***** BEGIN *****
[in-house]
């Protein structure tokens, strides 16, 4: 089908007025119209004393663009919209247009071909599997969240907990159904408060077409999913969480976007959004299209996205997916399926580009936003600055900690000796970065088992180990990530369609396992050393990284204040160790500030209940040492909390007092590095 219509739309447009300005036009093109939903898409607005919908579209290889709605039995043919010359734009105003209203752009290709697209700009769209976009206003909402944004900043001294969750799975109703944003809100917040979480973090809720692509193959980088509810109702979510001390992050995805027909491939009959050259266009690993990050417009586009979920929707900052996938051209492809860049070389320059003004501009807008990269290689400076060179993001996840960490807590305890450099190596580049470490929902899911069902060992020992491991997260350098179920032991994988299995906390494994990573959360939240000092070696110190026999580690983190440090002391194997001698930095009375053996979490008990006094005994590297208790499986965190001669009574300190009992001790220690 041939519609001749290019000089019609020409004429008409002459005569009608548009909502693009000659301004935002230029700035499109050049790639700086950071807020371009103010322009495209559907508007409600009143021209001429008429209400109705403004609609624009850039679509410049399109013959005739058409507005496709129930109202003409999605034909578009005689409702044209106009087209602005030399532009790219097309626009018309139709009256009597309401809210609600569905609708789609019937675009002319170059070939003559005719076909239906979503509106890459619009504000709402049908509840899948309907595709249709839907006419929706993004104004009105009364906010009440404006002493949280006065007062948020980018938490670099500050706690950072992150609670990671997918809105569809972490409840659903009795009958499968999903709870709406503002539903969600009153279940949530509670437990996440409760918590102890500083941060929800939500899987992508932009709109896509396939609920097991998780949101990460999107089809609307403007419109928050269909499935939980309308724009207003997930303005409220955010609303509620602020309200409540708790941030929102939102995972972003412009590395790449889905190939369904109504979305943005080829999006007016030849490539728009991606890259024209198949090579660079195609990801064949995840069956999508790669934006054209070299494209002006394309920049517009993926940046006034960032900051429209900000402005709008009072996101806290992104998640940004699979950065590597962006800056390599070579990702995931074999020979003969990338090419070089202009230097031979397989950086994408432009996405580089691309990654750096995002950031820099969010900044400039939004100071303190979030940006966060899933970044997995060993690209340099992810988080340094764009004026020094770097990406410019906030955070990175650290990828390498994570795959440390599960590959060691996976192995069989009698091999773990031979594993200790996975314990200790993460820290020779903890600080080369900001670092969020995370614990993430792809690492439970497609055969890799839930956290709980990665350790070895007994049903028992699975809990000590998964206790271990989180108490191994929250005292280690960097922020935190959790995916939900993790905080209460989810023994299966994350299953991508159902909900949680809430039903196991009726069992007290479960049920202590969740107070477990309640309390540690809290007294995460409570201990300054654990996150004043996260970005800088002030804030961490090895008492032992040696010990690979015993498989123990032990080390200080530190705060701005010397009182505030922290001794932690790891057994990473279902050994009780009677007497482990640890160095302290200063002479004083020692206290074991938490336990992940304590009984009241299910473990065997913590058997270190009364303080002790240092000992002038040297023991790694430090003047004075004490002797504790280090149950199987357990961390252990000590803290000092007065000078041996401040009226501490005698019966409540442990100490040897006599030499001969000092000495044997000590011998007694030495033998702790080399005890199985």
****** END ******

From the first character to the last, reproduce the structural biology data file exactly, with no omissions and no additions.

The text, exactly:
[in-house]
């Protein structure tokens, strides 16, 4: 089908007025119209004393663009919209247009071909599997969240907990159904408060077409999913969480976007959004299209996205997916399926580009936003600055900690000796970065088992180990990530369609396992050393990284204040160790500030209940040492909390007092590095 219509739309447009300005036009093109939903898409607005919908579209290889709605039995043919010359734009105003209203752009290709697209700009769209976009206003909402944004900043001294969750799975109703944003809100917040979480973090809720692509193959980088509810109702979510001390992050995805027909491939009959050259266009690993990050417009586009979920929707900052996938051209492809860049070389320059003004501009807008990269290689400076060179993001996840960490807590305890450099190596580049470490929902899911069902060992020992491991997260350098179920032991994988299995906390494994990573959360939240000092070696110190026999580690983190440090002391194997001698930095009375053996979490008990006094005994590297208790499986965190001669009574300190009992001790220690 041939519609001749290019000089019609020409004429008409002459005569009608548009909502693009000659301004935002230029700035499109050049790639700086950071807020371009103010322009495209559907508007409600009143021209001429008429209400109705403004609609624009850039679509410049399109013959005739058409507005496709129930109202003409999605034909578009005689409702044209106009087209602005030399532009790219097309626009018309139709009256009597309401809210609600569905609708789609019937675009002319170059070939003559005719076909239906979503509106890459619009504000709402049908509840899948309907595709249709839907006419929706993004104004009105009364906010009440404006002493949280006065007062948020980018938490670099500050706690950072992150609670990671997918809105569809972490409840659903009795009958499968999903709870709406503002539903969600009153279940949530509670437990996440409760918590102890500083941060929800939500899987992508932009709109896509396939609920097991998780949101990460999107089809609307403007419109928050269909499935939980309308724009207003997930303005409220955010609303509620602020309200409540708790941030929102939102995972972003412009590395790449889905190939369904109504979305943005080829999006007016030849490539728009991606890259024209198949090579660079195609990801064949995840069956999508790669934006054209070299494209002006394309920049517009993926940046006034960032900051429209900000402005709008009072996101806290992104998640940004699979950065590597962006800056390599070579990702995931074999020979003969990338090419070089202009230097031979397989950086994408432009996405580089691309990654750096995002950031820099969010900044400039939004100071303190979030940006966060899933970044997995060993690209340099992810988080340094764009004026020094770097990406410019906030955070990175650290990828390498994570795959440390599960590959060691996976192995069989009698091999773990031979594993200790996975314990200790993460820290020779903890600080080369900001670092969020995370614990993430792809690492439970497609055969890799839930956290709980990665350790070895007994049903028992699975809990000590998964206790271990989180108490191994929250005292280690960097922020935190959790995916939900993790905080209460989810023994299966994350299953991508159902909900949680809430039903196991009726069992007290479960049920202590969740107070477990309640309390540690809290007294995460409570201990300054654990996150004043996260970005800088002030804030961490090895008492032992040696010990690979015993498989123990032990080390200080530190705060701005010397009182505030922290001794932690790891057994990473279902050994009780009677007497482990640890160095302290200063002479004083020692206290074991938490336990992940304590009984009241299910473990065997913590058997270190009364303080002790240092000992002038040297023991790694430090003047004075004490002797504790280090149950199987357990961390252990000590803290000092007065000078041996401040009226501490005698019966409540442990100490040897006599030499001969000092000495044997000590011998007694030495033998702790080399005890199985």